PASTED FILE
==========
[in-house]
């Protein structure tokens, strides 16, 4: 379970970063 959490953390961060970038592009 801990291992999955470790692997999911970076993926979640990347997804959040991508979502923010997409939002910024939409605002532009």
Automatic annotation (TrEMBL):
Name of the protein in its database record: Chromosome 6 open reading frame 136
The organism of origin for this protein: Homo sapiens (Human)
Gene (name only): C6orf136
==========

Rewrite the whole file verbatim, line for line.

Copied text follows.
[in-house]
């Protein structure tokens, strides 16, 4: 379970970063 959490953390961060970038592009 801990291992999955470790692997999911970076993926979640990347997804959040991508979502923010997409939002910024939409605002532009």
Automatic annotation (TrEMBL):
Name of the protein in its database record: Chromosome 6 open reading frame 136
The organism of origin for this protein: Homo sapiens (Human)
Gene (name only): C6orf136